From Fairness and Accuracy In Reporting: http://www.fair.org/blog/2012/08/01/the-threat-again-of-left-wing-latin-american-democracy/
by Peter Hart
You can count on U.S. corporate media to express alarm about the threat posed by left-wing governments in Latin America. Sometimes it’s military hype (think Soviet MiGs in Nicaragua), but more typically it takes the form of a generalized concern about certain governments’ commitment to democratic ideals.
But how do you sound the alarm about left-wing threats to democracy when actual elected left-wing leaders are being removed in anti-democratic coups? That’s no easy feat, but some reporters are up to the challenge.
In the Washington Post on July 22 (under the headline “Latin America’s New Authoritarians”), reporter Juan Forero explains that today’s quasi-dictators are clever enough to rule in what are nominally democracies:
More than two decades after Latin America’s last right-wing dictatorships dissolved, a new kind of authoritarian leader is rising in several countries: democratically elected presidents who are ruling in increasingly undemocratic ways.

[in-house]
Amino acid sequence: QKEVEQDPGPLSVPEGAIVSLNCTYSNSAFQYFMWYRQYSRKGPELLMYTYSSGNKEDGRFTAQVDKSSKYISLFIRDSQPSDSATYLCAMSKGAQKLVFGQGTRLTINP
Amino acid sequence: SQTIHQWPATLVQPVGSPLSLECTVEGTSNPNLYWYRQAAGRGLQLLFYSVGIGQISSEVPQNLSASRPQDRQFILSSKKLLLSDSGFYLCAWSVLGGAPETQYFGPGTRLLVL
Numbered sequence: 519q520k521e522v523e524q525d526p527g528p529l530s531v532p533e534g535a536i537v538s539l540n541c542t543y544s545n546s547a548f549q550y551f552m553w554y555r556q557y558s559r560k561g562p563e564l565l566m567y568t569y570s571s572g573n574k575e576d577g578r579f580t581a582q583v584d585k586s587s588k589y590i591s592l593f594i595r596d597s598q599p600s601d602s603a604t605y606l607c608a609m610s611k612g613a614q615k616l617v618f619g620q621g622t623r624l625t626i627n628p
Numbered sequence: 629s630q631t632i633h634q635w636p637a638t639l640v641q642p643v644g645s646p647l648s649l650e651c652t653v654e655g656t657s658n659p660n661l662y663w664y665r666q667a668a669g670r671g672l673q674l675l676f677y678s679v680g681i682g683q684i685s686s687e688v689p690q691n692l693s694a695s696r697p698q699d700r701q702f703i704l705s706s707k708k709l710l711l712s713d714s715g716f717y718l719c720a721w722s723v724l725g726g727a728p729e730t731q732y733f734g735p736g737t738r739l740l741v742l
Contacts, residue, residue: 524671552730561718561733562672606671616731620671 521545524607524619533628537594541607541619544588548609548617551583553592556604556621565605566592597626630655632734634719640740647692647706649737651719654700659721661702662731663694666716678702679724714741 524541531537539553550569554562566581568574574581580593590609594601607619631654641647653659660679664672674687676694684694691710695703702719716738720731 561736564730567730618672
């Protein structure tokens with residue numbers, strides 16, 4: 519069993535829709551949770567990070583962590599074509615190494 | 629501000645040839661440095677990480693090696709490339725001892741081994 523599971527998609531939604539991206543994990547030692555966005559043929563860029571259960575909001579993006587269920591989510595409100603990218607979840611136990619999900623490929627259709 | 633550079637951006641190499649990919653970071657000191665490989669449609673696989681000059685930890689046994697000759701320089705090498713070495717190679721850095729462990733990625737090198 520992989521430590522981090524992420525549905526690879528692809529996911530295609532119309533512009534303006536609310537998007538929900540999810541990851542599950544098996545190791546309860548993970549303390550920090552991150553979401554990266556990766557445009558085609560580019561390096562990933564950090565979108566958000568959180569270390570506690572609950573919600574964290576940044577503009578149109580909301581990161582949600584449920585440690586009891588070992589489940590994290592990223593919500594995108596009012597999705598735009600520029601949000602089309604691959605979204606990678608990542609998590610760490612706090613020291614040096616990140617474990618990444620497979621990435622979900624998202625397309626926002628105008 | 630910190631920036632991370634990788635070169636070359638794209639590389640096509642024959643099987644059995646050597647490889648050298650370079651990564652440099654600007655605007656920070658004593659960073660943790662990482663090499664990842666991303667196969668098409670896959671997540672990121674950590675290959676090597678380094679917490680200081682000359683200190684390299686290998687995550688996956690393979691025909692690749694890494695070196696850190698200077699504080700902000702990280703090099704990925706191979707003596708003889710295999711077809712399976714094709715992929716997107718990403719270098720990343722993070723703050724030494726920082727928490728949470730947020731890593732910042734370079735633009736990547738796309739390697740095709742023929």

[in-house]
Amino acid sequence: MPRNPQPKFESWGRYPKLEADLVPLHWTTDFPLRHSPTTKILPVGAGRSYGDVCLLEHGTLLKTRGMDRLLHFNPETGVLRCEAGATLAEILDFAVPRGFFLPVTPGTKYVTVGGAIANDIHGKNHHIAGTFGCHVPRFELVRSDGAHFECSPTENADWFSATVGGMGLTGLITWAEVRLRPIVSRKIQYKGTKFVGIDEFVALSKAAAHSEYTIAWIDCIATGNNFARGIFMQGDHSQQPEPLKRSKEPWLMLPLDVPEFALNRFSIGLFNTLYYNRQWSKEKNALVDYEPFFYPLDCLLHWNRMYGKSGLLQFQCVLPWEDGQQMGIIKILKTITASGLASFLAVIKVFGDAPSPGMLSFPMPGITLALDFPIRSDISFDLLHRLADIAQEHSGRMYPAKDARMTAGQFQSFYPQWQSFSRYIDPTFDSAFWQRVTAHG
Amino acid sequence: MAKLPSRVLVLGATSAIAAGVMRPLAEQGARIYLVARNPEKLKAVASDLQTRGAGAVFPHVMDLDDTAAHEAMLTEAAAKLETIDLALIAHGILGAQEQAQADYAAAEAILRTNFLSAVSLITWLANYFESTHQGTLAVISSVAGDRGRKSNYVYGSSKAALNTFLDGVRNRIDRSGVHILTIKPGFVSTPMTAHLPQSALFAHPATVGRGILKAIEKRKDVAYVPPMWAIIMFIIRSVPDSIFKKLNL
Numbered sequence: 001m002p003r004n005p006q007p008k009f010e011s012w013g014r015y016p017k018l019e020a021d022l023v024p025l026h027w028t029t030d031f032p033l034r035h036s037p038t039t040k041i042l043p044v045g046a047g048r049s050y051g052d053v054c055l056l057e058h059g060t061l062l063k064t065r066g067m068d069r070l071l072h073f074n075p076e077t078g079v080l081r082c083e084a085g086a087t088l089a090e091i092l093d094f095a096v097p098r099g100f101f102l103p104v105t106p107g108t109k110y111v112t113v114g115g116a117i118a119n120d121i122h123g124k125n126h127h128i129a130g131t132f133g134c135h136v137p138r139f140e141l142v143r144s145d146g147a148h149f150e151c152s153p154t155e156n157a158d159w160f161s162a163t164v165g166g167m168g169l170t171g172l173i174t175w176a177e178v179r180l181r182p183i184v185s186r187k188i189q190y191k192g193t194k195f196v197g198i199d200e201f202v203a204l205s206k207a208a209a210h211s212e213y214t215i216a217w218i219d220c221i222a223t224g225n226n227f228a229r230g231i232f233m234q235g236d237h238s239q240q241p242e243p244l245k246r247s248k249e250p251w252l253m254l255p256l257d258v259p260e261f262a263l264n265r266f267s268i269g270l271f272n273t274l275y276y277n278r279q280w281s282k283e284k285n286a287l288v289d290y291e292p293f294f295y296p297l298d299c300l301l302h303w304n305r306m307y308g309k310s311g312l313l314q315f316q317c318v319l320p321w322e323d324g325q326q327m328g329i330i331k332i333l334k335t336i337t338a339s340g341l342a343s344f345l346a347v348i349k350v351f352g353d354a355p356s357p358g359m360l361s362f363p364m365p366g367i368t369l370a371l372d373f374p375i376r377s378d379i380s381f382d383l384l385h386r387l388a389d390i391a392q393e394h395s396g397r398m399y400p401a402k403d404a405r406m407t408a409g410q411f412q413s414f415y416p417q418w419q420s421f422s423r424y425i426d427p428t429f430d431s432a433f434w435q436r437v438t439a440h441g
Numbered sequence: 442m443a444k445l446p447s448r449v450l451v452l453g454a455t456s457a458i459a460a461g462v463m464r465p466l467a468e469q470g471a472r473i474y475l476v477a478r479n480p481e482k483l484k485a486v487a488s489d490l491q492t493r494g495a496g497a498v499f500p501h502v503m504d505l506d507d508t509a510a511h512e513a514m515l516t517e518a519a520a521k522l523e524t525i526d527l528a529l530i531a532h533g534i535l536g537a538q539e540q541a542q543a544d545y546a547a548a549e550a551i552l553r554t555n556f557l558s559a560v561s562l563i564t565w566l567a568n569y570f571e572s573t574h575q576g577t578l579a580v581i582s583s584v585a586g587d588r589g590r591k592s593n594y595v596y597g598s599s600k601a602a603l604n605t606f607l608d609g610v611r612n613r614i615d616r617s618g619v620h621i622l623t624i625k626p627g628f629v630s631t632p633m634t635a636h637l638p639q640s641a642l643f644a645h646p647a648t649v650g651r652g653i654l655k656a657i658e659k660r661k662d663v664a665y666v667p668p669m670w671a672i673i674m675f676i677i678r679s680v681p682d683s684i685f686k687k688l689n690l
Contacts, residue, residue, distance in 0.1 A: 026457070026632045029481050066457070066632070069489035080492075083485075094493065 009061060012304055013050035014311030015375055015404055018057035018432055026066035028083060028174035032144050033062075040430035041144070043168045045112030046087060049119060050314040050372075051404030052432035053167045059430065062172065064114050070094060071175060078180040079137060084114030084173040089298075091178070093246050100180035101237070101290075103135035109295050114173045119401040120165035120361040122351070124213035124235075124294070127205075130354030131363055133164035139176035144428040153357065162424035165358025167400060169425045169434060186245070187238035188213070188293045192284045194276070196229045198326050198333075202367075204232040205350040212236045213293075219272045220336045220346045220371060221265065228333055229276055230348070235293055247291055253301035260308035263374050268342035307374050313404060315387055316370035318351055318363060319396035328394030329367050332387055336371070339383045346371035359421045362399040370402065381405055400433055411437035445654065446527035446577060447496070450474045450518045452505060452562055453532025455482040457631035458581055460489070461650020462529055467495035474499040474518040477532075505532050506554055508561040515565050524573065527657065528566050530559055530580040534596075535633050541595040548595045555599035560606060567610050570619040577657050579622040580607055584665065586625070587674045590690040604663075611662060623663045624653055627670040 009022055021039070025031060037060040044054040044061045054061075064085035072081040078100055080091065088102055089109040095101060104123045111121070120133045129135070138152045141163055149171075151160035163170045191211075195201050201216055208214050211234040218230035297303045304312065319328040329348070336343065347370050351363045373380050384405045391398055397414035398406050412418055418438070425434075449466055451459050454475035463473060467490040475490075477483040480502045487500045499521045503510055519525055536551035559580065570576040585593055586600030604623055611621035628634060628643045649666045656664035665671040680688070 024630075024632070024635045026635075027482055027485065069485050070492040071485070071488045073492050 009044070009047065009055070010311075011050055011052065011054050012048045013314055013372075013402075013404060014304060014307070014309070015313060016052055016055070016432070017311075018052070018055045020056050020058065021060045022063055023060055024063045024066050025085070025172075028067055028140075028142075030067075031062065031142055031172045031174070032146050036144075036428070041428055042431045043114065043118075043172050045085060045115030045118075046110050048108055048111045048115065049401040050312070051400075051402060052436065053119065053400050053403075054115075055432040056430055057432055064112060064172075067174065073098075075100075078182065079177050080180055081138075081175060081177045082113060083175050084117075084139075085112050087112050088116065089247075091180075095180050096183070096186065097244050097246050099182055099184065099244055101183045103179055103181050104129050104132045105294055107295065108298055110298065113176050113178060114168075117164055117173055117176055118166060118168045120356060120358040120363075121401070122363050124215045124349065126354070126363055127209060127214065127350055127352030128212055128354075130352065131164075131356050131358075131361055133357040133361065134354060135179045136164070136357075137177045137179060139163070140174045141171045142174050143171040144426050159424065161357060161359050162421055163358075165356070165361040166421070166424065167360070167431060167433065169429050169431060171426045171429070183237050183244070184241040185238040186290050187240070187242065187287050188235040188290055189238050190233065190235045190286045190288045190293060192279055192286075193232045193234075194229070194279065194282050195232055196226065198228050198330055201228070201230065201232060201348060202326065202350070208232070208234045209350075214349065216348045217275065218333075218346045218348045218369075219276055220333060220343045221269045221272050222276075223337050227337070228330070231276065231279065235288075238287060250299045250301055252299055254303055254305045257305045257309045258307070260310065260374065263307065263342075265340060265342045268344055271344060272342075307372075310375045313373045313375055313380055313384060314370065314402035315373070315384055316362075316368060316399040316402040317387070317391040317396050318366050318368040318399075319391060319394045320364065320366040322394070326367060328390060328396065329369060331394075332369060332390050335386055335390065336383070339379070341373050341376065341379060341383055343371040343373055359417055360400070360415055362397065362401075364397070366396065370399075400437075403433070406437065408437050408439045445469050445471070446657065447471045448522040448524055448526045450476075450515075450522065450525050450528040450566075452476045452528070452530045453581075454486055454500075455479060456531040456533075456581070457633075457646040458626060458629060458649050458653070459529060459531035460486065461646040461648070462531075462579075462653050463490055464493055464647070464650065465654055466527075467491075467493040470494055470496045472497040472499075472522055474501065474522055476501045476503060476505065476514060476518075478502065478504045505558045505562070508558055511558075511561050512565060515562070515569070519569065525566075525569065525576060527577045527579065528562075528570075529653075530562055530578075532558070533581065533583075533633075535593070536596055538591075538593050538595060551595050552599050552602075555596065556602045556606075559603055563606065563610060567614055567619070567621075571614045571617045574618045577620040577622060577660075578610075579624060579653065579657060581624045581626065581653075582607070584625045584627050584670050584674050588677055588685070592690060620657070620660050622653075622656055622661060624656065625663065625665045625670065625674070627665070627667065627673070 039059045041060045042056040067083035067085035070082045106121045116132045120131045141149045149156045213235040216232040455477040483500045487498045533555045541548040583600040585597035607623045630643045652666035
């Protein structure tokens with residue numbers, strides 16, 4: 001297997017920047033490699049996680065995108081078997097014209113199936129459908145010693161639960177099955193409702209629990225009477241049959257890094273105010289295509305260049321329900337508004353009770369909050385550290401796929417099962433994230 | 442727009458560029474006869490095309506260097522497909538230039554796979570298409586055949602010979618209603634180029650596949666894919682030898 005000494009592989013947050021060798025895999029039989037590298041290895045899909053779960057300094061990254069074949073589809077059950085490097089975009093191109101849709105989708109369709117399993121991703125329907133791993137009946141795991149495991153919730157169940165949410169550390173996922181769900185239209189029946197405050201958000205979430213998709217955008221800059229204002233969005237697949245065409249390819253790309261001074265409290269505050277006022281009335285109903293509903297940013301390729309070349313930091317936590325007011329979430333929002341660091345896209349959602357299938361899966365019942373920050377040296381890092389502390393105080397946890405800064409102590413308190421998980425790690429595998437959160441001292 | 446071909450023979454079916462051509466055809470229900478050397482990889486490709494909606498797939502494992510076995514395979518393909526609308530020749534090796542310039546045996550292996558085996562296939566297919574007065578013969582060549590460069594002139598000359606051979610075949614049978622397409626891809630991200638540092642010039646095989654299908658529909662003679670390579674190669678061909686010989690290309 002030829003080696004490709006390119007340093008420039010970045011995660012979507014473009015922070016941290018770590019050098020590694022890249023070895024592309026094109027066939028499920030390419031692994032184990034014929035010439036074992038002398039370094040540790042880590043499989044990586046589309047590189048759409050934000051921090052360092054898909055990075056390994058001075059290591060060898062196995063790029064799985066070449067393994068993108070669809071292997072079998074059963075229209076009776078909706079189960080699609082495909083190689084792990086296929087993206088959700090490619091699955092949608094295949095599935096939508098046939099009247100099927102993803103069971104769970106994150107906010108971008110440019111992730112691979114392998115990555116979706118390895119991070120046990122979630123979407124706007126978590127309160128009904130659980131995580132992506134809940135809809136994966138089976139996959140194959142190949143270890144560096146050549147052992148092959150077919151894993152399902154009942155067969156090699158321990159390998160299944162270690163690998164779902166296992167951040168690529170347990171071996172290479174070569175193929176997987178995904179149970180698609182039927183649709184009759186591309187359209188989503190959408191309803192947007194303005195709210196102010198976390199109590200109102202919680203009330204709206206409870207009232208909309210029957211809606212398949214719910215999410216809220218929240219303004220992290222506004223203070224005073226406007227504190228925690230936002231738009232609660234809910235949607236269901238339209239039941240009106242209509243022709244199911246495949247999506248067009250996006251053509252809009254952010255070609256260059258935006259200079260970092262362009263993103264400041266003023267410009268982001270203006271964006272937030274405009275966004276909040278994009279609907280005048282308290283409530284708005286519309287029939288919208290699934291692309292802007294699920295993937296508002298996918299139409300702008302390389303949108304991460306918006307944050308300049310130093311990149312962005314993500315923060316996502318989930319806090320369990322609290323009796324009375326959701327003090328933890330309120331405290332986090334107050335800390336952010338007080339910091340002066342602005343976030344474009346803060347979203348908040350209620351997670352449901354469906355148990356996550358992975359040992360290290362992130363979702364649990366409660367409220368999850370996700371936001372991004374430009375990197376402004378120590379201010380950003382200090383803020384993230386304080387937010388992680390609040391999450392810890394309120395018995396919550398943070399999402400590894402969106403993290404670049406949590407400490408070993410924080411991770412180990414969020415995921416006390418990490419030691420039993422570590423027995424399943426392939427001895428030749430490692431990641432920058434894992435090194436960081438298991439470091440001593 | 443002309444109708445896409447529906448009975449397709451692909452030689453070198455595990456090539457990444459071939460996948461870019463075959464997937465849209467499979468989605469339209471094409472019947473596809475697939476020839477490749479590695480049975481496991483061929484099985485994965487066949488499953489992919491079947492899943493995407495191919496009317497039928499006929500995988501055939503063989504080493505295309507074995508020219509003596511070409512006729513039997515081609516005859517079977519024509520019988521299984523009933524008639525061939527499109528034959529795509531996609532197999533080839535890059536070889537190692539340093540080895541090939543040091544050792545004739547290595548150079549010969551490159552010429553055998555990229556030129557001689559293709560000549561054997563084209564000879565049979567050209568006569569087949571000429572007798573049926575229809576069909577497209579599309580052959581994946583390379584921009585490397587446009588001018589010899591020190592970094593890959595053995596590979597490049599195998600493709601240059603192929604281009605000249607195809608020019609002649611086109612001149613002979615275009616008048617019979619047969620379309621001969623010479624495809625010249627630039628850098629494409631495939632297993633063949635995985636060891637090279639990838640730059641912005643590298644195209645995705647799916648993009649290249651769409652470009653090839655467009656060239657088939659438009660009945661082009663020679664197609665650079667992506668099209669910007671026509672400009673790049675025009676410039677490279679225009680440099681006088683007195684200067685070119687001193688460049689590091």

Unlike the iron-fisted juntas of a generation ago, these leaders do not assassinate opposition figures or declare martial law.
But in a handful of countries, charismatic populists are posing the most serious challenge to democratic institutions in Latin America since the 1980s, when rebel wars and dictators were the norm.
Of course, another way of looking at this history might lead one to conclude that the United States posed the greatest threat to democracy in Latin America in the 1980s, either by fueling proxy wars or backing repressive dictatorships that were our political allies.